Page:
I am not an artist.
I mean, please; I don’t want people messaging me or commenting and being like, “if you create art, you’re an artist!” I support that whole-heartedly. But there are people who create art on a whim, for fun and personal enjoyment, and then there are people who have studied art for years and understand it on a technical level.
These people may both, validly, identify as artists, but they come at art from wholly different backgrounds and perspectives. One of them applies to me; the other does not.
I’ve discovered — or rediscovered, rather — in the last few years that I really like painting. On the one hand, it can be fun and relaxing, and on the other it can be challenging and surprising. I like that versatility; it ensures that it’s never boring.
It also ensures that as my ambition grows, so, potentially can my frustration.
This week, I decided to paint portraits using a photo reference with the intention of being photo-faithful (I won’t say photo-realistic (that’s aiming way too high), but I want the colors and values to hold true). This means instead of the fantastic skin colors most of my paintings have (of my last four portraits, three have had blue or green skin), I’m attempting to paint relatively true to life (Caucasian) skin.
I hadn’t anticipated how challenging form shadows on skin would be.
My instinct when faced with a challenge is, unfortunately, to quit. To pack it all in, say “fuck it, guess I suck,” and abandon the project, but not before having a small mental meltdown — usually a messy crying jag followed by lethargy and self-loathing.
No, this isn’t healthy, and no, I’m not proud of it (but it’s all part of being neurodivergent). So I’m working hard to change my reactions.
It’s slow going.
Today, for instance, I am in a bad place, mentally — anxiety is riding high, I am feeling anxious and overwhelmed with my house work, the tentative nature of my work assignment in September, GISH on Saturday, and the struggles I’ve been having with my painting. I wish I was one of those people who could compartmentalize their entire life, so that the emotions and anxiety afflicting them in one area doesn’t bleed over to the others, and I’ve more or less got that mastered when it comes to work — my work necessitates I absolutely throw myself into it, so I rarely have time or breathing room to perseverate on my personal problems, but once I’m at home and able to kind of unmask, I just lose it. Absolutely everything bubbles to the surface and the worries and anxieties from every aspect of life just leech into and infect one another.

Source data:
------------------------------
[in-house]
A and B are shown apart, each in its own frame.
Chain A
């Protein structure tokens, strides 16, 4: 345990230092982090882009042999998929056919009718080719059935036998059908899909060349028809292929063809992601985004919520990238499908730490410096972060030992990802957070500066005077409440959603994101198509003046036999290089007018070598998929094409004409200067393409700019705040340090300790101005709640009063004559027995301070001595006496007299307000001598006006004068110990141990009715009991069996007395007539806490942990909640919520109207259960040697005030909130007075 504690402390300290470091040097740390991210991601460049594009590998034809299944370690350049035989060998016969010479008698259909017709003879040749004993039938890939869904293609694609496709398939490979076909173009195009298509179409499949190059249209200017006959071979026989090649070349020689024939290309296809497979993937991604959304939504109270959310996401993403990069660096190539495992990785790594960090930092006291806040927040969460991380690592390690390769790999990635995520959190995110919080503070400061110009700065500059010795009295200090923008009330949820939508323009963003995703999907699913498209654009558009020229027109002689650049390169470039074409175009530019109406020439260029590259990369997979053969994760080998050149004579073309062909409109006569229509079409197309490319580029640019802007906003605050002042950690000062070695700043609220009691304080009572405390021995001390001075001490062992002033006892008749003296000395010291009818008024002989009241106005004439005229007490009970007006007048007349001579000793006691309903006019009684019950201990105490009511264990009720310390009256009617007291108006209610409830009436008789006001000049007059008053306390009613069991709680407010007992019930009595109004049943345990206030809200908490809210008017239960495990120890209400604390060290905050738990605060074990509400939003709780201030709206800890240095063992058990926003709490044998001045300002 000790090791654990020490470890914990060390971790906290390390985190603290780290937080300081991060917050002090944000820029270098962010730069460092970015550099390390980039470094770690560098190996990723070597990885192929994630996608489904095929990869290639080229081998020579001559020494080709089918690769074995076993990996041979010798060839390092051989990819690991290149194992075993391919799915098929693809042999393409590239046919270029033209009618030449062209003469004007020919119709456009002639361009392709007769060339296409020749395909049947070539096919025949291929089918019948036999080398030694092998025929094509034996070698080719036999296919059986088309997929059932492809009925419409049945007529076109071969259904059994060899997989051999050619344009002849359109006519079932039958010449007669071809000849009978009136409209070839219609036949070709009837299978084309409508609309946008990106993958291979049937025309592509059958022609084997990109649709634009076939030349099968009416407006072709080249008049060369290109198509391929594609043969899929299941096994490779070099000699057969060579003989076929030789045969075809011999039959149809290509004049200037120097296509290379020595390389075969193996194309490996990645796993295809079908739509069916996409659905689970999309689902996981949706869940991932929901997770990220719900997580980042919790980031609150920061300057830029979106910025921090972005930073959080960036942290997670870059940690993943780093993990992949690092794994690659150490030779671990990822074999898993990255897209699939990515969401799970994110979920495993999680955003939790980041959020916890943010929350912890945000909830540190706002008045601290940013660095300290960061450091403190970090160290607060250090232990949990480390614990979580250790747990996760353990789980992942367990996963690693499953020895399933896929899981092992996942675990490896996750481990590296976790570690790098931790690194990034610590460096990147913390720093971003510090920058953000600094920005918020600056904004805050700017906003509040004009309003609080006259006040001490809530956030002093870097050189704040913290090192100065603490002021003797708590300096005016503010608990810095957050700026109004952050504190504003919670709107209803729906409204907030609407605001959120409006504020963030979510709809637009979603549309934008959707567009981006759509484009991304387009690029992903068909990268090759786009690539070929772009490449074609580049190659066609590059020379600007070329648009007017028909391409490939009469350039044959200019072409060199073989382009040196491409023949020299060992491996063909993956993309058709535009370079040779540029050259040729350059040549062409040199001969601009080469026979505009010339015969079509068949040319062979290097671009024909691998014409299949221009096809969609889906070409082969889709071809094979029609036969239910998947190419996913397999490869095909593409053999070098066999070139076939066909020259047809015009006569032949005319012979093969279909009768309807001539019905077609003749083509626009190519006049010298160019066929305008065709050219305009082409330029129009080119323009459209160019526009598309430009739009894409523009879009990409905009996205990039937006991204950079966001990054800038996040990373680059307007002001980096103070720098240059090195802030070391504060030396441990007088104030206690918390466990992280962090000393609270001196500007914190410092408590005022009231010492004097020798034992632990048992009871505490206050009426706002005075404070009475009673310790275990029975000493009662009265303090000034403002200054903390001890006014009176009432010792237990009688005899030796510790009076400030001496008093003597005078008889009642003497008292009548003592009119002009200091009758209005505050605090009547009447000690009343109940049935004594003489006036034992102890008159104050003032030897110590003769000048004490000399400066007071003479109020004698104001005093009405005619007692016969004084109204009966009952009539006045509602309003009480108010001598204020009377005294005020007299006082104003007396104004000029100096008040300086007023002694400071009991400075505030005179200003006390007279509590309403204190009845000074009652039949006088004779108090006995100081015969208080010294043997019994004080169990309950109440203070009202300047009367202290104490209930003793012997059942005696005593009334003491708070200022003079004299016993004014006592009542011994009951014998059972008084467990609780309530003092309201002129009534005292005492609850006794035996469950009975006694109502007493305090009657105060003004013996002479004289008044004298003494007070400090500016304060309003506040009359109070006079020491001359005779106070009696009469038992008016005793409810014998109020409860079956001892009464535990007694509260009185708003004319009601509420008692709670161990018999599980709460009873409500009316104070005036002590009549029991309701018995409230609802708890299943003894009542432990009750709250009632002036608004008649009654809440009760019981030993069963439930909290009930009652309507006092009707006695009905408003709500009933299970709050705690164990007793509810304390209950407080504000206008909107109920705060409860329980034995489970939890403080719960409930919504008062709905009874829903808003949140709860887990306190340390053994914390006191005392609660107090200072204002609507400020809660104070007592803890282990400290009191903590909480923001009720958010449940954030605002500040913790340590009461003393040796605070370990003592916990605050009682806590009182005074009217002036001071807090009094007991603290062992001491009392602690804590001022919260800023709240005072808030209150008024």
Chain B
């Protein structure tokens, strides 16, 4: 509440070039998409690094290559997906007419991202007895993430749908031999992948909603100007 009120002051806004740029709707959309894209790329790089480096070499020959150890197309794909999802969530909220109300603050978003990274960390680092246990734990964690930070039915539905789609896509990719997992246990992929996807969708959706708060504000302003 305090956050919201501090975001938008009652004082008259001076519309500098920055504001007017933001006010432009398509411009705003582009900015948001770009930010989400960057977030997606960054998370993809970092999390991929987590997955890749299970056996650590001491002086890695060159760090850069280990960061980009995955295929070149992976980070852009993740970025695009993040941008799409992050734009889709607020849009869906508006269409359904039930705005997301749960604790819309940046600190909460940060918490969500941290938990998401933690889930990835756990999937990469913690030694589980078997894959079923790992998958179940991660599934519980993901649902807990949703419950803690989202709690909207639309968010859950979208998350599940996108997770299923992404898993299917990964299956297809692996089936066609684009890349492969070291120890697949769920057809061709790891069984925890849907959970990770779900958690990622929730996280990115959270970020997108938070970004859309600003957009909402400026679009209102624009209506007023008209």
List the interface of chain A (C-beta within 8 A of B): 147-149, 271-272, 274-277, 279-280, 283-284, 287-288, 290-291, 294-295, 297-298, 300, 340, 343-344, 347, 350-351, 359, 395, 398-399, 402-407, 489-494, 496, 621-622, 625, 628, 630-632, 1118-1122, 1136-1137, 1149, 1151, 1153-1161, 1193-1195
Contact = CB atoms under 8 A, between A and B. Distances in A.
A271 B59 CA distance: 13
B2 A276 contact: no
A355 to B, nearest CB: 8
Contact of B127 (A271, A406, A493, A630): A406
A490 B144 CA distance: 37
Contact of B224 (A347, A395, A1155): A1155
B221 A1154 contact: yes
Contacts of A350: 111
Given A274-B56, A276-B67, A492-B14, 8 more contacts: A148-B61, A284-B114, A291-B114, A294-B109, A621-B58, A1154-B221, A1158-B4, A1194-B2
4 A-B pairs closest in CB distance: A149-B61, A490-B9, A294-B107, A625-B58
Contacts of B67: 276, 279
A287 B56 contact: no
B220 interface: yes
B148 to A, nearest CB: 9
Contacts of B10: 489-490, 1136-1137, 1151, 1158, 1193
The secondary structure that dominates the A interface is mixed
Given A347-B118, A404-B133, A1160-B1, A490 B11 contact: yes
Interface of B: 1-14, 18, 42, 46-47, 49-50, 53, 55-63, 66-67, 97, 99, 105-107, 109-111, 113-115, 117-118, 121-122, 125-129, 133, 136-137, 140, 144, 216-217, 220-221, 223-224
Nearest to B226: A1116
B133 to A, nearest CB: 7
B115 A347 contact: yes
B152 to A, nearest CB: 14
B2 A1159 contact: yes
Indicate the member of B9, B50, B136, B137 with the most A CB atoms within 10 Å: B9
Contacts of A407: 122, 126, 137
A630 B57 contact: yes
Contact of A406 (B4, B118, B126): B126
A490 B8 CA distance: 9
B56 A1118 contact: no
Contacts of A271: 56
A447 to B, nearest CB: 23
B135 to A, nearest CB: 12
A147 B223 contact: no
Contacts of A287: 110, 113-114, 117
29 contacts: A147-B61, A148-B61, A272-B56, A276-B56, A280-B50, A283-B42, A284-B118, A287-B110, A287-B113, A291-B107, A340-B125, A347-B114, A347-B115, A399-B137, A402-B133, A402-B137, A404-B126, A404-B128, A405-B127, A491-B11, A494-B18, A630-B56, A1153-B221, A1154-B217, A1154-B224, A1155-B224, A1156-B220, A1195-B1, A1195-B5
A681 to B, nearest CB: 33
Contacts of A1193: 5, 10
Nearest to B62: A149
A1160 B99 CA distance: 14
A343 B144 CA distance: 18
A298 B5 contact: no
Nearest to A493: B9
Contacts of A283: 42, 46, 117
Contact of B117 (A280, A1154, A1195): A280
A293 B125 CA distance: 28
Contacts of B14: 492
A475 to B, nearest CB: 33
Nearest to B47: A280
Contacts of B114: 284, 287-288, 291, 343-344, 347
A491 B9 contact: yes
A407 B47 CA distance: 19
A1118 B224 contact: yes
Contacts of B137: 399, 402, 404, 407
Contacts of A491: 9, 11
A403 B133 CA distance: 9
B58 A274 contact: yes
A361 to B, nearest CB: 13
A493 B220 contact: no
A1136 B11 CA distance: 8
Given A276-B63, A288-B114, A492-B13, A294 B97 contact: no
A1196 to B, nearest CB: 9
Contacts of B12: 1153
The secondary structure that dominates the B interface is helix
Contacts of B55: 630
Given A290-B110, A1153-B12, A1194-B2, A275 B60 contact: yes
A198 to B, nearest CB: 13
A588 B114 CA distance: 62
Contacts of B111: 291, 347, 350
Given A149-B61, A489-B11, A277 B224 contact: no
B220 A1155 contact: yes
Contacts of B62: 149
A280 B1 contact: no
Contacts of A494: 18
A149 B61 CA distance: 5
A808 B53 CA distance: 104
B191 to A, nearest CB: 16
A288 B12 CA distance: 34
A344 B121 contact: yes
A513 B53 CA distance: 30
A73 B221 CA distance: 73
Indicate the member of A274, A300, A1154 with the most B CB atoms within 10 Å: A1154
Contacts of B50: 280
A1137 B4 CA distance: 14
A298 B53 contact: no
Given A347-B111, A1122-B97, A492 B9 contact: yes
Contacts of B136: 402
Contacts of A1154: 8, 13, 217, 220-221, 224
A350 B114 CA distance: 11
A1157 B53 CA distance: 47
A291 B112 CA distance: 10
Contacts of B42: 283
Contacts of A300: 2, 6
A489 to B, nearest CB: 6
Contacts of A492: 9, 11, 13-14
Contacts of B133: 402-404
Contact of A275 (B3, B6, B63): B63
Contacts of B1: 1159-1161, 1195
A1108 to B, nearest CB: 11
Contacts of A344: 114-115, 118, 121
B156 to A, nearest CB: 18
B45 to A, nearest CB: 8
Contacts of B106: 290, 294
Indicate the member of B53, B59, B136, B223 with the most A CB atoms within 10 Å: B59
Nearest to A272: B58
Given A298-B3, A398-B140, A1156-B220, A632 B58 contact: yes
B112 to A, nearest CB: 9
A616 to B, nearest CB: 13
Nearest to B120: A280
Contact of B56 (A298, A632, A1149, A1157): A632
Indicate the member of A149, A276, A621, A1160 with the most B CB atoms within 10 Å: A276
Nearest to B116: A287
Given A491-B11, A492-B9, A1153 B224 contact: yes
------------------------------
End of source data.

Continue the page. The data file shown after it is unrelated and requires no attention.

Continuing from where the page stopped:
Usually, I sink into a shame spiral. And honestly, I can’t promise I won’t, because I feel it pulling at me. I really, really just want to curl up and cry and not touch a paintbrush (or a vacuum, or a mop, or another person) again, ever, for all of eternity. But I’m fighting that urge, this time.
As I was saying, I am working on a painting that I am excited about, that is both something I’m hyped about because of the subject matter, because it’s my first time fully working off a photo-reference, because it’s the first time I’m painting something with a ready-made audience. I’m already putting a lot of pressure on myself with this project. And then, like I said, I had to do something I’ve not really done — paint form shadow on truish-to-life Caucasian skin.
And holy hell, was it hard. I repainted literally at least fourteen time, until it was a caked on, crusty mess. I went in with a wet wash, went in with thick strokes, went in with blocks of color, went in feathering colors as I went. I couldn’t make it work. The more desperately I tried to make it work, the more impatient I became, and the sloppier my efforts were.
Finally I had to stop and step back.
Instead of throwing my canvas in the trash, I washed it (I know, weird? But I’ve done it before; it got all the caked on acrylic off and still left the outline and a surprising amount of the initial wet wash, so I don’t have to start totally from scratch), and put it aside to dry.
And then I went online and Googled how to create form shadows with acryllic.
What??? Crazy, right? I problem-solved. Instead of just blasting ahead or giving up entirely, I admitted I didn’t know something, and took productive steps toward remedying that problem. Holy shit, guys, did you know that you’re supposed to use a color complementary to your base to create a natural form shadow? Like, if you’re painting with yellows, your shadows should be, like, purples? What? Why did no one tell me?? I don’t remember that in studio class when I was still taking art in school, just a bunch of eighteen-year-olds, still creating shadows with grays and blacks. Why was this not taught to me?
That’s really the question, though, isn’t it?
I need to be gentler with myself. I need to be less scornful of myself when I realize I can’t/don’t know how to do something, and instead of being self-loathing and beating myself up for not knowing, I should remember, well, I was never told. Or to put at least some of the onus on my shoulders, I never asked. But I was never expected to just “know.” I am insanely lucky to live in a time when, now that I know there is a gap in my knowledge or skill, I have nearly unlimited resources to draw from and fill that gap.
The canvas is drying in the living room as I type this. I don’t know that I’ll be prepared to tackle it in the morning (too much else still weighing on my mind), but there’s still more research to be done, anyway. I also need to remember, learning and planning in still doing; it still counts. It’s still work.